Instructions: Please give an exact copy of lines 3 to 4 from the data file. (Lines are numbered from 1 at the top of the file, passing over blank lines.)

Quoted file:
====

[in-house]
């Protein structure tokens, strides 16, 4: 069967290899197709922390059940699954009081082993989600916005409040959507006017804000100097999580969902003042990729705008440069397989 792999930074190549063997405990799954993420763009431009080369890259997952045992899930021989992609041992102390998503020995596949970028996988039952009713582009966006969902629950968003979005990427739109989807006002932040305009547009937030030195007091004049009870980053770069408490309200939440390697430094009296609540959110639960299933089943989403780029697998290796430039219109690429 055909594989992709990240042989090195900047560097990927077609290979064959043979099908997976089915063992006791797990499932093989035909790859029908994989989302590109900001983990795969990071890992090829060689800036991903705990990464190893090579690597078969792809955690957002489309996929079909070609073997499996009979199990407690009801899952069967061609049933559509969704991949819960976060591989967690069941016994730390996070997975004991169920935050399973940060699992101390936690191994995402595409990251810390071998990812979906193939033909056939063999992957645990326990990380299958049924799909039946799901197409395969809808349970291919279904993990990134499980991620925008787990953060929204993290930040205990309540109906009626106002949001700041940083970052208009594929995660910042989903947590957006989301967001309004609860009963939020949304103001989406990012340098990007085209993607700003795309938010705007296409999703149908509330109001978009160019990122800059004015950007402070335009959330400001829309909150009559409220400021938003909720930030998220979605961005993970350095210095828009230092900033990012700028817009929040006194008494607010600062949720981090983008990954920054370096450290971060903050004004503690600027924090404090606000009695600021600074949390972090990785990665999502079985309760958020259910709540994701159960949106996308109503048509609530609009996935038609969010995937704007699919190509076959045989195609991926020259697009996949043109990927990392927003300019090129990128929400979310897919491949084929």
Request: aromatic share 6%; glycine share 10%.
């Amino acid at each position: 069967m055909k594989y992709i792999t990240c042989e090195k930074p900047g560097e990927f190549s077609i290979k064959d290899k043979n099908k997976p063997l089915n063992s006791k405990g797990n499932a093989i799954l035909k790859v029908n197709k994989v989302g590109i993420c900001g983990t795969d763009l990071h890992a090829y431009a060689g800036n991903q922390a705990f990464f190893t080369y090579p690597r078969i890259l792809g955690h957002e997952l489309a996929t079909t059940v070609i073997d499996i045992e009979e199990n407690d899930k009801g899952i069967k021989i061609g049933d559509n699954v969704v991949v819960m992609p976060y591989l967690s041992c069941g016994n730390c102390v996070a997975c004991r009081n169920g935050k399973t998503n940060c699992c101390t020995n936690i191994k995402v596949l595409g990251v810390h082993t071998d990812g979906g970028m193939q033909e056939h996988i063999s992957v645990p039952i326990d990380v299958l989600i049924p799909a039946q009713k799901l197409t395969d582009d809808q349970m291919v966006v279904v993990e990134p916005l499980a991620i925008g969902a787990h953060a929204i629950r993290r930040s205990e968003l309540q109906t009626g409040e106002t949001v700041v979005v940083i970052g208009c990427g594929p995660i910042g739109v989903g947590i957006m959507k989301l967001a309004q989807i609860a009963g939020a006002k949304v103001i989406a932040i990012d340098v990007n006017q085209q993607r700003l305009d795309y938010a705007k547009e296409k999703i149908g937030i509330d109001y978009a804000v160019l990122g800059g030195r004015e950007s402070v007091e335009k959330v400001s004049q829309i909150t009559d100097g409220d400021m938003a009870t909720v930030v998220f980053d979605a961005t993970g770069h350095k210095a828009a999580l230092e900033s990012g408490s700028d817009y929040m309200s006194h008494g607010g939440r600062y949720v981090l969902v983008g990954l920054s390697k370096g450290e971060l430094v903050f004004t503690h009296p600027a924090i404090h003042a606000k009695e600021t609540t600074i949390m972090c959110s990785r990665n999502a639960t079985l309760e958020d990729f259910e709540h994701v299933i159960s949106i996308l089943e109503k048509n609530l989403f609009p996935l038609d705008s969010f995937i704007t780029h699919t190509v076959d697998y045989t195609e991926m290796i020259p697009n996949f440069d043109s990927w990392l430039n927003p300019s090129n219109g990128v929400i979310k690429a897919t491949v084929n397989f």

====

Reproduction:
Request: aromatic share 6%; glycine share 10%.
């Amino acid at each position: 069967m055909k594989y992709i792999t990240c042989e090195k930074p900047g560097e990927f190549s077609i290979k064959d290899k043979n099908k997976p063997l089915n063992s006791k405990g797990n499932a093989i799954l035909k790859v029908n197709k994989v989302g590109i993420c900001g983990t795969d763009l990071h890992a090829y431009a060689g800036n991903q922390a705990f990464f190893t080369y090579p690597r078969i890259l792809g955690h957002e997952l489309a996929t079909t059940v070609i073997d499996i045992e009979e199990n407690d899930k009801g899952i069967k021989i061609g049933d559509n699954v969704v991949v819960m992609p976060y591989l967690s041992c069941g016994n730390c102390v996070a997975c004991r009081n169920g935050k399973t998503n940060c699992c101390t020995n936690i191994k995402v596949l595409g990251v810390h082993t071998d990812g979906g970028m193939q033909e056939h996988i063999s992957v645990p039952i326990d990380v299958l989600i049924p799909a039946q009713k799901l197409t395969d582009d809808q349970m291919v966006v279904v993990e990134p916005l499980a991620i925008g969902a787990h953060a929204i629950r993290r930040s205990e968003l309540q109906t009626g409040e106002t949001v700041v979005v940083i970052g208009c990427g594929p995660i910042g739109v989903g947590i957006m959507k989301l967001a309004q989807i609860a009963g939020a006002k949304v103001i989406a932040i990012d340098v990007n006017q085209q993607r700003l305009d795309y938010a705007k547009e296409k999703i149908g937030i509330d109001y978009a804000v160019l990122g800059g030195r004015e950007s402070v007091e335009k959330v400001s004049q829309i909150t009559d100097g409220d400021m938003a009870t909720v930030v998220f980053d979605a961005t993970g770069h350095k210095a828009a999580l230092e900033s990012g408490s700028d817009y929040m309200s006194h008494g607010g939440r600062y949720v981090l969902v983008g990954l920054s390697k370096g450290e971060l430094v903050f004004t503690h009296p600027a924090i404090h003042a606000k009695e600021t609540t600074i949390m972090c959110s990785r990665n999502a639960t079985l309760e958020d990729f259910e709540h994701v299933i159960s949106i996308l089943e109503k048509n609530l989403f609009p996935l038609d705008s969010f995937i704007t780029h699919t190509v076959d697998y045989t195609e991926m290796i020259p697009n996949f440069d043109s990927w990392l430039n927003p300019s090129n219109g990128v929400i979310k690429a897919t491949v084929n397989f």